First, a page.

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Understanding canonical basis

  1. Sep 23, 2014 #1
    In many places the canonical basis is defined as a set of vectors with coordinates as:
    [tex]\boldsymbol{e}_i=(0,...,1,...0)[/tex]
    where "1" is on the i-th place. In my undestanding of such definicion every basis is canonical basis. If we write coordinates of basis vectors in the same basis we will get such sets of coordinates for any possible basis we choose in n-dimensional vector space. Is there any inconsistency in my thinking and understanding of what a canonical basis is?
     
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  3. Sep 23, 2014 #2

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    No. A basis for the (x,y) plane is (1,0) and (0,2). That is not canonical. There are infinitely many more (1,-1) and (1,1) is another non canonical basis.
     
  4. Sep 29, 2014 #3
    OK. So there is my problem, maybe it arises from my bad understanding of the definition. According to the above example, consider a Cartesian coordinate system. It obviously has two basis vectors: (1,0) and (0,1), and this set of vectors fulfills this a 'definition' of the canonical basis. Now, we form two vectors, as suggested above: (1,0) and (0,2). Now, we can find a transformation from one Cartesian basis to the new one. In this new basis, the two new two basis vectors will have new components, namely (1,0) and (0,1). So where is the problem?
     
  5. Sep 29, 2014 #4

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    I see what you are saying. Canonical basis vectors are defined in a coordinate system. So (0,2) is not canonical in the original coordinate system. When you talk about transforming that vector to another coordinate system, that opens a can of worms that would only be confusing at this point IMO.
     
  6. Sep 29, 2014 #5
    But is my original 'definition' of the canonical basis wrong or incomplete? Is this definition even needed at all? Because still, my understanding is that all possible set of basis vectors for a given vector space (for simplicity in 2D) can be expressed as (1,0) and (0,1).
     
  7. Sep 29, 2014 #6

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    I think that the valid statement is that (1,0) is canonical in the given coordinate system and (0,2) is not.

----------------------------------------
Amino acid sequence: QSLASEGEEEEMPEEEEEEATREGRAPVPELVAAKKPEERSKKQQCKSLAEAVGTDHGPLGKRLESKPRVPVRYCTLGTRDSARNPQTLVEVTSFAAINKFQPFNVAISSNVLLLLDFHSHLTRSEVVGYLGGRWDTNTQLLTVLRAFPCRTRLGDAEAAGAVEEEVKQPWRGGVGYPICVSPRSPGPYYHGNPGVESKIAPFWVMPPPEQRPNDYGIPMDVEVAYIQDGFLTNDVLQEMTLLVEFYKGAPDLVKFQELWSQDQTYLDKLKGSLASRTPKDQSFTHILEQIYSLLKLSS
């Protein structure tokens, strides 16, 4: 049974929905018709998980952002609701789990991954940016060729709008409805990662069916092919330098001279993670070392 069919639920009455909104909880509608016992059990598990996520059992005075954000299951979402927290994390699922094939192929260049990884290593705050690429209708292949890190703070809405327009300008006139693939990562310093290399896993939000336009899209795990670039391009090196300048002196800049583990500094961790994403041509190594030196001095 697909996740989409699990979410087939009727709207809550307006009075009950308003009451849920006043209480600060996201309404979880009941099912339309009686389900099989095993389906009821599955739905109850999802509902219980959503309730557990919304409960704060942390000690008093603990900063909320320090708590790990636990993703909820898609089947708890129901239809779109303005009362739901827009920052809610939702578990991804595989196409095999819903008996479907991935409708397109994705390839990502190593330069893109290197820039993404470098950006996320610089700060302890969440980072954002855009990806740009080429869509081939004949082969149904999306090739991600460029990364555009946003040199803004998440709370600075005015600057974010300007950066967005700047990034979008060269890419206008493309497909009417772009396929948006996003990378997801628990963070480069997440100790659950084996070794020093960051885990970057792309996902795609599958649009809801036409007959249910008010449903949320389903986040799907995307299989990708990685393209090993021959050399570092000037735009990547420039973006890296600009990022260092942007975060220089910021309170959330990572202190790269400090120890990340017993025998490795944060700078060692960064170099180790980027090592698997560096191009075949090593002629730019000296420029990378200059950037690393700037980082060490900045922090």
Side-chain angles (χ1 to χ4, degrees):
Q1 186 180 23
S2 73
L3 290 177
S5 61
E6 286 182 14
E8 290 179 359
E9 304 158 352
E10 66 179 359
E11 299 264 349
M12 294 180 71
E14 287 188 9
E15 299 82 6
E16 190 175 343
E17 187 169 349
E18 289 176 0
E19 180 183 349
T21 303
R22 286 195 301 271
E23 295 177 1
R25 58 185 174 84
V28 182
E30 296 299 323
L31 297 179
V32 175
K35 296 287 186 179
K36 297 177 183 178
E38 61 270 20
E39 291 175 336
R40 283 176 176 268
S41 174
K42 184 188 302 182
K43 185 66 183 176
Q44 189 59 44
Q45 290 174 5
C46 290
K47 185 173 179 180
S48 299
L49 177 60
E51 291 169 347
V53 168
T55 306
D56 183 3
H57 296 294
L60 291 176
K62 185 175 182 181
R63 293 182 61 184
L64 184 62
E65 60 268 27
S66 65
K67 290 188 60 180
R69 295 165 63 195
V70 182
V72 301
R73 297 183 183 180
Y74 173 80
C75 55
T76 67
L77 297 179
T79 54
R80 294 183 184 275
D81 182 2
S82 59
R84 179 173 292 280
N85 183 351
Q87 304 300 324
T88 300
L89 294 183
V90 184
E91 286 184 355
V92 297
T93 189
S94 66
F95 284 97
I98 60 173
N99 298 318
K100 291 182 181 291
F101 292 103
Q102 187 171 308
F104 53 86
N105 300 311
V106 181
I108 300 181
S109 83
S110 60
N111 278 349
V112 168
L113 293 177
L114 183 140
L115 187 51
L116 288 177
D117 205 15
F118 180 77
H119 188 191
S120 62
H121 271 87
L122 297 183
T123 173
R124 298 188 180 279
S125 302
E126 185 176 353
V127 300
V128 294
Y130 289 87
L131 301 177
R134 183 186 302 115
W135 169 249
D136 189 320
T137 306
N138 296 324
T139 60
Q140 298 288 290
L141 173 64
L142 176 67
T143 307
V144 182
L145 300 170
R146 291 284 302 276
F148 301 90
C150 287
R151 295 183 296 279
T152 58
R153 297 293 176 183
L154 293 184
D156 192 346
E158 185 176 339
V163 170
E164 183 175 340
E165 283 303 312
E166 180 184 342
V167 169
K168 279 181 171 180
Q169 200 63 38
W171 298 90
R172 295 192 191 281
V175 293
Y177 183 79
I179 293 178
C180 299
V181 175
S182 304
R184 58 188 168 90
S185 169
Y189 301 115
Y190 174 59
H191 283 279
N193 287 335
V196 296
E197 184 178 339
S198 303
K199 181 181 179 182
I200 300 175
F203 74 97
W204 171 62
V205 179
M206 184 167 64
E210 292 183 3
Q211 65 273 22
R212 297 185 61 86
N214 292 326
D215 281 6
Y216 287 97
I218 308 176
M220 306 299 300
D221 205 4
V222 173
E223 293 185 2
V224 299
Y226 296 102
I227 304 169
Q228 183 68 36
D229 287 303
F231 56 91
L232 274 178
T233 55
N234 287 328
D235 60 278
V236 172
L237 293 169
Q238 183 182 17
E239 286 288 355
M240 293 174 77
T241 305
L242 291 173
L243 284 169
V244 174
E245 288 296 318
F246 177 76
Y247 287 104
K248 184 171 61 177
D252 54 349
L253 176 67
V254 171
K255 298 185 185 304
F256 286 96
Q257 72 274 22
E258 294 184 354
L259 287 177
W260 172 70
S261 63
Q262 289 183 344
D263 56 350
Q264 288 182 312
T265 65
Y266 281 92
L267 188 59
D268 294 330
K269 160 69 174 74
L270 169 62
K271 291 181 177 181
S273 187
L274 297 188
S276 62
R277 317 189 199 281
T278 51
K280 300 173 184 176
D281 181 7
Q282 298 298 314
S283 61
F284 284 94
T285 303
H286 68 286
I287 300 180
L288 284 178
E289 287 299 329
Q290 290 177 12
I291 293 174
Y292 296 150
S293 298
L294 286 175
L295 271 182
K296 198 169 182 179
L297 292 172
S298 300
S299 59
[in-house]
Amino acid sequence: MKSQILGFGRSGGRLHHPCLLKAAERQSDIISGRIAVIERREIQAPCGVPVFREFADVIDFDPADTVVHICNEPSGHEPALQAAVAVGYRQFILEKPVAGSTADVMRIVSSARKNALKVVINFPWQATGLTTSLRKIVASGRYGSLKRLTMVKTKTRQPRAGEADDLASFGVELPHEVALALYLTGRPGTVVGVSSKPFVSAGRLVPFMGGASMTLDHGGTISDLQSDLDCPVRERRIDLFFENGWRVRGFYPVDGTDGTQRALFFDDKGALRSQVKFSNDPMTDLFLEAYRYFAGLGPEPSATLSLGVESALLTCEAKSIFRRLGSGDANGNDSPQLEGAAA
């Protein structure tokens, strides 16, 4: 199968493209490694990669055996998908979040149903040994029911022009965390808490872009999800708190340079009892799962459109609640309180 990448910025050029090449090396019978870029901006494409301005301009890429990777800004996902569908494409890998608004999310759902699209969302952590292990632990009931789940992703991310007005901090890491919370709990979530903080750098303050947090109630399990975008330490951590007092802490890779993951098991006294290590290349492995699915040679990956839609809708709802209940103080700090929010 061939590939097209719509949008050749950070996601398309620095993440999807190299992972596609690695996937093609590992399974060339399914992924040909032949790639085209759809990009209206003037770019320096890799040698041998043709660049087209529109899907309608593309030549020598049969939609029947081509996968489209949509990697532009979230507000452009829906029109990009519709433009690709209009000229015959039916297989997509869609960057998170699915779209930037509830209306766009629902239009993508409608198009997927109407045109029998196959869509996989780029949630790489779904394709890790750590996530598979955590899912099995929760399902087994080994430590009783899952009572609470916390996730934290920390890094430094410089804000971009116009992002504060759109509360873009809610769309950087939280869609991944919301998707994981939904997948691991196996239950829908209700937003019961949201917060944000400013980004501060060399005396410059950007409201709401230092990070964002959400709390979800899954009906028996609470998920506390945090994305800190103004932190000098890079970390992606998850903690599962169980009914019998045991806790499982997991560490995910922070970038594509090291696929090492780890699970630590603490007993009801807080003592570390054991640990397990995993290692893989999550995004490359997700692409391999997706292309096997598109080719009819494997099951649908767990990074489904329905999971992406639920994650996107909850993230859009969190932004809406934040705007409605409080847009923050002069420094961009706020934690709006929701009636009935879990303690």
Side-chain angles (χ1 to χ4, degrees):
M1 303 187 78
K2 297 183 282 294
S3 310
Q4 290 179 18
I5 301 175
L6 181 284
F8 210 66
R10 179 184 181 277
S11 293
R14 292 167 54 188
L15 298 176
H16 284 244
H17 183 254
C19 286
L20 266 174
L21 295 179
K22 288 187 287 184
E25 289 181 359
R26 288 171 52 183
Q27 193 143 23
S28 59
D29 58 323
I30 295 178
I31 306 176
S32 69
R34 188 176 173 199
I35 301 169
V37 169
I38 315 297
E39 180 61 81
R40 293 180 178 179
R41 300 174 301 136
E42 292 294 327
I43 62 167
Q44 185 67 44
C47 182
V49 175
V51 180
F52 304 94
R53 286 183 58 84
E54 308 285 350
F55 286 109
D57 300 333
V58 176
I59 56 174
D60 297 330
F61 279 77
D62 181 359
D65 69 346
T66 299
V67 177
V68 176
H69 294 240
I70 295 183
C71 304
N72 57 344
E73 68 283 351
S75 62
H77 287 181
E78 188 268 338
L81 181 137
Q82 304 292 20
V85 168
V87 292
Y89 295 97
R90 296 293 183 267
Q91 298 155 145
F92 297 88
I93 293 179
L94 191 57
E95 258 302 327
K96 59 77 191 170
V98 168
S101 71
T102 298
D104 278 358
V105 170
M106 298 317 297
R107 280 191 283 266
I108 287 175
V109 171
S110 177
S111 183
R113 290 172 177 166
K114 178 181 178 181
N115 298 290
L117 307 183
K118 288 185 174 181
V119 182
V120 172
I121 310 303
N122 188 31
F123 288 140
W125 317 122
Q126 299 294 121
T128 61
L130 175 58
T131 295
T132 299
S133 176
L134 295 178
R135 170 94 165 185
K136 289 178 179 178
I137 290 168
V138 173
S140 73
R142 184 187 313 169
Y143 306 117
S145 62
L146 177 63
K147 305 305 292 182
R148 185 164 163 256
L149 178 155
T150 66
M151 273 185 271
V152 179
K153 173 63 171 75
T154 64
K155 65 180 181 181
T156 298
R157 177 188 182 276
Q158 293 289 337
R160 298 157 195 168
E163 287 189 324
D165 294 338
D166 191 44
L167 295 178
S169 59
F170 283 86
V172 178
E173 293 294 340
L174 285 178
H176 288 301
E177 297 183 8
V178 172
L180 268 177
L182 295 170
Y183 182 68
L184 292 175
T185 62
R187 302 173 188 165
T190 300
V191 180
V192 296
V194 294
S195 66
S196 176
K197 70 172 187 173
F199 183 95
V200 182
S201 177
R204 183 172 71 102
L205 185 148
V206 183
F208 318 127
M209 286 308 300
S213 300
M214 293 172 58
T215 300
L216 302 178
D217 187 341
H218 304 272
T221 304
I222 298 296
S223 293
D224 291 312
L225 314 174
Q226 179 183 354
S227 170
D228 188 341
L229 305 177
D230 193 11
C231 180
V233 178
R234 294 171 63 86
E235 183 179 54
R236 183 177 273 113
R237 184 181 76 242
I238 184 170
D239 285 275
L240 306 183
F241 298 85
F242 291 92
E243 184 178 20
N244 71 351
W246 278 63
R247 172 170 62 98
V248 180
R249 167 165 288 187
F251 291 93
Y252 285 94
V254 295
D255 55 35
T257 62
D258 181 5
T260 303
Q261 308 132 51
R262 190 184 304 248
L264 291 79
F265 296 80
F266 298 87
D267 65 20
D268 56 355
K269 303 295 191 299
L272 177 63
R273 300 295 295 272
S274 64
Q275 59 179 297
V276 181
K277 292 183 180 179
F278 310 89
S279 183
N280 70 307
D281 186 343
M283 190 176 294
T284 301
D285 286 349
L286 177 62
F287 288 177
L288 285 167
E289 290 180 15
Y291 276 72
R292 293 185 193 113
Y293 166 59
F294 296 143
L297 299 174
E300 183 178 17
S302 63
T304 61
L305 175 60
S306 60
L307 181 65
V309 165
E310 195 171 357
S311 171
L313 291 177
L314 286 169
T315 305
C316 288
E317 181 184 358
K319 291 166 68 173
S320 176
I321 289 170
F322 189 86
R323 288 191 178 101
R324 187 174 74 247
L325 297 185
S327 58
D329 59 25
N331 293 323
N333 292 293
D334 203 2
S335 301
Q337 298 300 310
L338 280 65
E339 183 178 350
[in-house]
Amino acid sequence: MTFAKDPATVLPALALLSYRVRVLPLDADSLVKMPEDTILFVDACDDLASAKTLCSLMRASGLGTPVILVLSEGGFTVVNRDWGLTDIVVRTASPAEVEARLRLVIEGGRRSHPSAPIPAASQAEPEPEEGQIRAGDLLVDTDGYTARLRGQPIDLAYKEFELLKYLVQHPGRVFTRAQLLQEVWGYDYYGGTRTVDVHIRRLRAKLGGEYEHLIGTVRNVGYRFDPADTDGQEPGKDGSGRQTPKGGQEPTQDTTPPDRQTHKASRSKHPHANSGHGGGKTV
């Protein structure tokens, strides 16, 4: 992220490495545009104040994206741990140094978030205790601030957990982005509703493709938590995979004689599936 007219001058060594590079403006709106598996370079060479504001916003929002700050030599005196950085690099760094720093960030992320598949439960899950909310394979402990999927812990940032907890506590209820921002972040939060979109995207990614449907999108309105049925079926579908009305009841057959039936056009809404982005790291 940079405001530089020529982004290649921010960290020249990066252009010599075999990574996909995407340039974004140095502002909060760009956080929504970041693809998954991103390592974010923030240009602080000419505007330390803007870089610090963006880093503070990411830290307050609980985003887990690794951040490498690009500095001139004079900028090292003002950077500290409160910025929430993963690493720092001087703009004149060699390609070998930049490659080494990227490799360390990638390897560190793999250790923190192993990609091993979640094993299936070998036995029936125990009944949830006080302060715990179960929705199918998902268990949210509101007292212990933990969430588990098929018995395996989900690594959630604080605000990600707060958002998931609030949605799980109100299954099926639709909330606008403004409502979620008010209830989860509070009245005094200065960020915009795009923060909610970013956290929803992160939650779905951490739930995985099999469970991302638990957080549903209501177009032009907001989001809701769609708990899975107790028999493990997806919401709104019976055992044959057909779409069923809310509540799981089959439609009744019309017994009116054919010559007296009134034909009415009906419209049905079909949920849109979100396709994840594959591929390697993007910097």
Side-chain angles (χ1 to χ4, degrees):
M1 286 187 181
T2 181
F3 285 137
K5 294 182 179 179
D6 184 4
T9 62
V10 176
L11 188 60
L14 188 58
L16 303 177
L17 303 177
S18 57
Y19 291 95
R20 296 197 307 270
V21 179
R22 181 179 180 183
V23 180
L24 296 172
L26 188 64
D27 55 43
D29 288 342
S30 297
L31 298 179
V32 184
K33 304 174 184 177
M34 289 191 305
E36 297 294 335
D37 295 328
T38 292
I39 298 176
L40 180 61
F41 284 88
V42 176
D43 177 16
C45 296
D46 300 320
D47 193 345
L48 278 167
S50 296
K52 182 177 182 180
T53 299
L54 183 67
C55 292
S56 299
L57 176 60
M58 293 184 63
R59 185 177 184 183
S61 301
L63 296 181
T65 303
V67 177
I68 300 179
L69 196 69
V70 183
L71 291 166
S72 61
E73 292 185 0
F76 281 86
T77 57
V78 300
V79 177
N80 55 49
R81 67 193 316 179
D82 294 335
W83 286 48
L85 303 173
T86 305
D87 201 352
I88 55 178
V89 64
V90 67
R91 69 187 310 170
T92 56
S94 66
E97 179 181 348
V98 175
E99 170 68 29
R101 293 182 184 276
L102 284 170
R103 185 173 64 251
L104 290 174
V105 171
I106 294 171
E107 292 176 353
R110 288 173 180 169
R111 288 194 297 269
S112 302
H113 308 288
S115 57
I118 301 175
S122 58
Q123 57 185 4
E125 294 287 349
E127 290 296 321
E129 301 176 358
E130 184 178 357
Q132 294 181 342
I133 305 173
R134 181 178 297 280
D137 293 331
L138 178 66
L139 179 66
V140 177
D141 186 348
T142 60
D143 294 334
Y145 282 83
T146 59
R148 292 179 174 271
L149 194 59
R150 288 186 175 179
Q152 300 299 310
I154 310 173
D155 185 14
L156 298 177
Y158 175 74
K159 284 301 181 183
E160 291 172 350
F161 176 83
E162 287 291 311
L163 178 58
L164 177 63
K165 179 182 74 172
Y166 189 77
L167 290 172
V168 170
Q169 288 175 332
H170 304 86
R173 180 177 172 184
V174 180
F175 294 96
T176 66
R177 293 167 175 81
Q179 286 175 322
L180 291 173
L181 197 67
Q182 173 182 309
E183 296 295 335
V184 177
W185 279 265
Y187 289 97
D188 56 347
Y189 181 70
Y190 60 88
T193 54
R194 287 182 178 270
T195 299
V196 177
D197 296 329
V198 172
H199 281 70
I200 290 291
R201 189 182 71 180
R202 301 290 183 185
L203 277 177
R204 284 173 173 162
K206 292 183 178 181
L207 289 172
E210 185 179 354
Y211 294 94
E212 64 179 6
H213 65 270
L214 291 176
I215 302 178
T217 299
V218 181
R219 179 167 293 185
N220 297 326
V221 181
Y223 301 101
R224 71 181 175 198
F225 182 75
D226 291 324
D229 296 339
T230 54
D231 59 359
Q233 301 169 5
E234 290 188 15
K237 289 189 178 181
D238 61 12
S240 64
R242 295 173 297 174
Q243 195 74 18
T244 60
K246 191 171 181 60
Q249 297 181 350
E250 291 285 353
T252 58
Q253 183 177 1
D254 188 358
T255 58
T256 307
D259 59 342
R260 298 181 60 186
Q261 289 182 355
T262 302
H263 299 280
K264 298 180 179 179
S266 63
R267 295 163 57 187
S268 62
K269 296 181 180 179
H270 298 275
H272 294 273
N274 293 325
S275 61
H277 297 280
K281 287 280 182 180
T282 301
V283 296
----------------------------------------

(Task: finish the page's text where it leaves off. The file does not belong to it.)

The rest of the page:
The mathematical definition of "vector" is too broad for you to say what you want to say and the physics definition is too strict for you to want to say that.

    In mathematics, I can legitimately define a "vector" that is (0,2) in any coordinate system. That is a well defined vector and it is (0,2) in every coordinate system. It can not be transformed into anything else and it can never be canonical in any coordinate system.

    In physics, I would want a "vector" and transformations to have physical properties that are independent of coordinate system. Your transformation above (sending (1,0) => (1,0) and (0,2) => (0,1) ) has to distort one coordinate without distorting the other. In physics, you might not want to say that that is a valid transformation.

    For now, it's probably better to just leave the definition of a canonical basis as (1,0), (0,1) in the given coordinate system and to say that other vectors are not canonical in that coordinate system.
     
    Last edited: Sep 29, 2014
  8. Oct 10, 2014 #7
    Math perspective:
    The canonical basis of ##\mathbb{R}^n## does not have any special properties, it is just a very useful convention. Given any ordered basis of an ##n##-dimensional real vector space we can write our vectors using the coordinates given by our basis, and it will be formally equivalent to working in ##\mathbb{R}^n## under the canonical basis. This is a handy convention in the same way that we write our functions in terms of polynomials and transcendental functions when possible.

    Before you say that "the canonical basis interacts well with inner products and other vector operations" I'll mention that all of the operations on vectors can be defined in a coordinate free manner and once reduced to coordinates in the way I mentioned above, they will look like the coordinate specified definitions in the canonical basis, regardless of which basis you are actually using.
     
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